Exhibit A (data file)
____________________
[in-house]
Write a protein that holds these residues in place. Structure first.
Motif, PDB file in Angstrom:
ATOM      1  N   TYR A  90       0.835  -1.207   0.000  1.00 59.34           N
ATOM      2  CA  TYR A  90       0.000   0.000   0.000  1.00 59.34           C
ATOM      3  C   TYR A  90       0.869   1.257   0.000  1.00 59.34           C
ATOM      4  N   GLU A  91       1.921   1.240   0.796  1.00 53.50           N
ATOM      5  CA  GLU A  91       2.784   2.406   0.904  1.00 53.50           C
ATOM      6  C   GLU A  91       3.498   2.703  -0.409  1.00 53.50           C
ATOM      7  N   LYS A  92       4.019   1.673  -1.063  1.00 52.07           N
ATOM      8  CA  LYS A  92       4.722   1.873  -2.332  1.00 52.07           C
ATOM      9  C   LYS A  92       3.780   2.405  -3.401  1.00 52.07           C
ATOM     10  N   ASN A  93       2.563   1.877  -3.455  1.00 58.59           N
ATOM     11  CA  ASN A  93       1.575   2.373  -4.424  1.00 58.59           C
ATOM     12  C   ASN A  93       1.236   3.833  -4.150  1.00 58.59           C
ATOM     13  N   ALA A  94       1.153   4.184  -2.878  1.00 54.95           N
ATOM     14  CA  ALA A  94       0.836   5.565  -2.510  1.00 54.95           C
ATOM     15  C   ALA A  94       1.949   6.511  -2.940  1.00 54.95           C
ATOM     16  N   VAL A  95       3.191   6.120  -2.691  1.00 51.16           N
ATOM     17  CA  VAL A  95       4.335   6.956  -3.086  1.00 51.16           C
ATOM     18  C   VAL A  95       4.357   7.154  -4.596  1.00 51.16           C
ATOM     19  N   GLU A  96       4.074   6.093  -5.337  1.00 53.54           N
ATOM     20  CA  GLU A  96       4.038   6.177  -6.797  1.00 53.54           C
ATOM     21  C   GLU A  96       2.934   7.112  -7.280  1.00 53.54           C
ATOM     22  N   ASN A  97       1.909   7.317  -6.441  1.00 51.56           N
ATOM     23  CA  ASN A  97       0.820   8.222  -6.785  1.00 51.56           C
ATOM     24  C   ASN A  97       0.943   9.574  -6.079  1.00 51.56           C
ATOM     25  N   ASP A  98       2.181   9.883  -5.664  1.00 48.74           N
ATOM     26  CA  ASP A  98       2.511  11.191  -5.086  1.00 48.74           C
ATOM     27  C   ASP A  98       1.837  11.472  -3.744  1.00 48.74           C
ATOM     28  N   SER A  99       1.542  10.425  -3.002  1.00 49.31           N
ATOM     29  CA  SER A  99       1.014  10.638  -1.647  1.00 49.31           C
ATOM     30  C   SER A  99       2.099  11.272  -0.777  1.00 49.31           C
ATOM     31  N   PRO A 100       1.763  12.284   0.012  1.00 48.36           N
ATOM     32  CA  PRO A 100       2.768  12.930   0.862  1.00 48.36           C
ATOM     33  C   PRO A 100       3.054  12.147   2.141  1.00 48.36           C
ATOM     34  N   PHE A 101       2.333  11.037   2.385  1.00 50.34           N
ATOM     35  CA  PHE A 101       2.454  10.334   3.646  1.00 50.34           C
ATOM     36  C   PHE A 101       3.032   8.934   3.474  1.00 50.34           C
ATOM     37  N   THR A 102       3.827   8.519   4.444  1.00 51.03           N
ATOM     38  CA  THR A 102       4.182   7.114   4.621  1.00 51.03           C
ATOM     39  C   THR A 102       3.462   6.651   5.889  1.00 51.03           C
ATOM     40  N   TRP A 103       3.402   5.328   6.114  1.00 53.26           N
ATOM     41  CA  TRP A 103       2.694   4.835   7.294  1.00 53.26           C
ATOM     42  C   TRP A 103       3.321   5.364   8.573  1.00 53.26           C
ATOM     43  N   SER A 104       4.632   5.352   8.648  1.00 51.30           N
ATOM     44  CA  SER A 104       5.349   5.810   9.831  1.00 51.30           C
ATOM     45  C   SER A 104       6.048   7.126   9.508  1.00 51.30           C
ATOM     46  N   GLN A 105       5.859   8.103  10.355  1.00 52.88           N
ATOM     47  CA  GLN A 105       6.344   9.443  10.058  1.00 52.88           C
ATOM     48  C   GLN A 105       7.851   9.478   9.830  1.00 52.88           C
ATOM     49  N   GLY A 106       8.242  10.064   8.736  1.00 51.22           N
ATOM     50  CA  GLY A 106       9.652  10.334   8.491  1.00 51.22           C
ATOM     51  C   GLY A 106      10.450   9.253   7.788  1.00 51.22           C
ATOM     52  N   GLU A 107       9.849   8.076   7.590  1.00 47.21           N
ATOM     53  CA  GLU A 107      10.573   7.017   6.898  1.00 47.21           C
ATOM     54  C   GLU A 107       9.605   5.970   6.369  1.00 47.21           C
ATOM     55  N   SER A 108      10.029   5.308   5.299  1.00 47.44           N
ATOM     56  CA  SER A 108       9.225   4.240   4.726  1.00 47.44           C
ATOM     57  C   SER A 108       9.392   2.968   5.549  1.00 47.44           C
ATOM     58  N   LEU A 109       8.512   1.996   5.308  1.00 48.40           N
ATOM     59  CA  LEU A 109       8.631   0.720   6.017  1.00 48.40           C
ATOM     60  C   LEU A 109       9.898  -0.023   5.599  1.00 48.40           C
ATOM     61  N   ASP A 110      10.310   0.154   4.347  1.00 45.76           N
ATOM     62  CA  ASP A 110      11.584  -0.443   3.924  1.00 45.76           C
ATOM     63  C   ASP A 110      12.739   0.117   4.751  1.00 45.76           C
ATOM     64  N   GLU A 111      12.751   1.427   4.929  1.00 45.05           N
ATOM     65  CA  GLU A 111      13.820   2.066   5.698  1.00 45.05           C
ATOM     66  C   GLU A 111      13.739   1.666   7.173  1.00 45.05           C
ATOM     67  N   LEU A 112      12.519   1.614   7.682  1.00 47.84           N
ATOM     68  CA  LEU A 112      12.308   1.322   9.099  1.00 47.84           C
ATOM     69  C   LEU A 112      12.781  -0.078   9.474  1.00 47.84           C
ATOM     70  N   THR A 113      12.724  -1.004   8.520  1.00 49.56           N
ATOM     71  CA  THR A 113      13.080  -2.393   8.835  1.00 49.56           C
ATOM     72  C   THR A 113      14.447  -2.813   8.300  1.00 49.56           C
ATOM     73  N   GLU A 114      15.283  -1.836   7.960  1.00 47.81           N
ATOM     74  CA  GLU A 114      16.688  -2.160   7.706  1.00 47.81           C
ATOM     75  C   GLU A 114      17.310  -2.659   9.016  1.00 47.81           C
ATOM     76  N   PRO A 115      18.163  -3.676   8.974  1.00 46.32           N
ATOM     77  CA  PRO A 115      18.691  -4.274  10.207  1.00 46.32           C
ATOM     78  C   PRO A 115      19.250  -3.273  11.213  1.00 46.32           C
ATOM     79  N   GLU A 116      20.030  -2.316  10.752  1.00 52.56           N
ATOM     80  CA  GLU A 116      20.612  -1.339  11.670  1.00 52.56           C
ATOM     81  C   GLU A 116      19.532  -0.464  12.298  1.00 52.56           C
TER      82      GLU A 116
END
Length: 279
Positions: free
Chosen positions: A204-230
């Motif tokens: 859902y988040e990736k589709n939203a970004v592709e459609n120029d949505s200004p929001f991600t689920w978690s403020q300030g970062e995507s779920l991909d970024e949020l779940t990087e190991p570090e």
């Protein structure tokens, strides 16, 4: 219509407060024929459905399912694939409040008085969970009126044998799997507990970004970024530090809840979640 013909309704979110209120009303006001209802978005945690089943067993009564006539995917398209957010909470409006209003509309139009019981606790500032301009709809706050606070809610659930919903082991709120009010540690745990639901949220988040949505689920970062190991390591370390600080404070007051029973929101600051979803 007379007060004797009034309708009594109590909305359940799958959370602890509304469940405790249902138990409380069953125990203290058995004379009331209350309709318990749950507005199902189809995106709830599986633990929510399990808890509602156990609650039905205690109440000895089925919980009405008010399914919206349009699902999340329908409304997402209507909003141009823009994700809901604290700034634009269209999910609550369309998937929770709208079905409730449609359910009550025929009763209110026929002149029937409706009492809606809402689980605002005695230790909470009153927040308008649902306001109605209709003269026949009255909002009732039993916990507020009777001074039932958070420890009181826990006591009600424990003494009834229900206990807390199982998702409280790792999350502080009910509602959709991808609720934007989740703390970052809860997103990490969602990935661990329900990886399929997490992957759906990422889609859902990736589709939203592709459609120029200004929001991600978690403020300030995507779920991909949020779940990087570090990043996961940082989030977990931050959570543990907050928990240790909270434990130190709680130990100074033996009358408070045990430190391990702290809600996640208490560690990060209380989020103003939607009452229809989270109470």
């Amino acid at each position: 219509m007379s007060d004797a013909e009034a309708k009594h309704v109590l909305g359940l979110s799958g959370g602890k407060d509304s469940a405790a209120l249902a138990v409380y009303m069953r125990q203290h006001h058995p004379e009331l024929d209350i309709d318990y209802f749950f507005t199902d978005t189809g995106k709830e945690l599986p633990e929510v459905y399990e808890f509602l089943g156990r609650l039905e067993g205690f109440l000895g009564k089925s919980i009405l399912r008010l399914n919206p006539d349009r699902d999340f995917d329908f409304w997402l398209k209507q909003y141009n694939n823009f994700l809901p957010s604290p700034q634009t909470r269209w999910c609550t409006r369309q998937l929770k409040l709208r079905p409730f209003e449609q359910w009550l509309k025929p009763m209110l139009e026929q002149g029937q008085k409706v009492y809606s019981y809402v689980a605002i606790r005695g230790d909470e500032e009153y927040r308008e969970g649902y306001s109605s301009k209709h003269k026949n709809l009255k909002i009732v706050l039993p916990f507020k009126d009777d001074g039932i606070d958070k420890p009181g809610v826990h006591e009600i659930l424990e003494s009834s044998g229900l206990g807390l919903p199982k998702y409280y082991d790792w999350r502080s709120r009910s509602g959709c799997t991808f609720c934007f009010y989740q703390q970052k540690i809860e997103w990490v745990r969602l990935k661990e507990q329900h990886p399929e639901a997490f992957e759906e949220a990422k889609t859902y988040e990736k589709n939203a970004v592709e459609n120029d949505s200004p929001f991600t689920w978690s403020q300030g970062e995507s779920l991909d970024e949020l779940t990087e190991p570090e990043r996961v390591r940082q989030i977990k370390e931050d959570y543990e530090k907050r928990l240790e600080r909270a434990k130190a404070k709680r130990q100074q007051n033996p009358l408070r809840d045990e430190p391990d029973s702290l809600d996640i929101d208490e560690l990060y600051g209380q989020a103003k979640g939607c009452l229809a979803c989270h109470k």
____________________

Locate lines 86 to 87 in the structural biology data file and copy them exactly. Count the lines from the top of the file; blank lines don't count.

END
Length: 279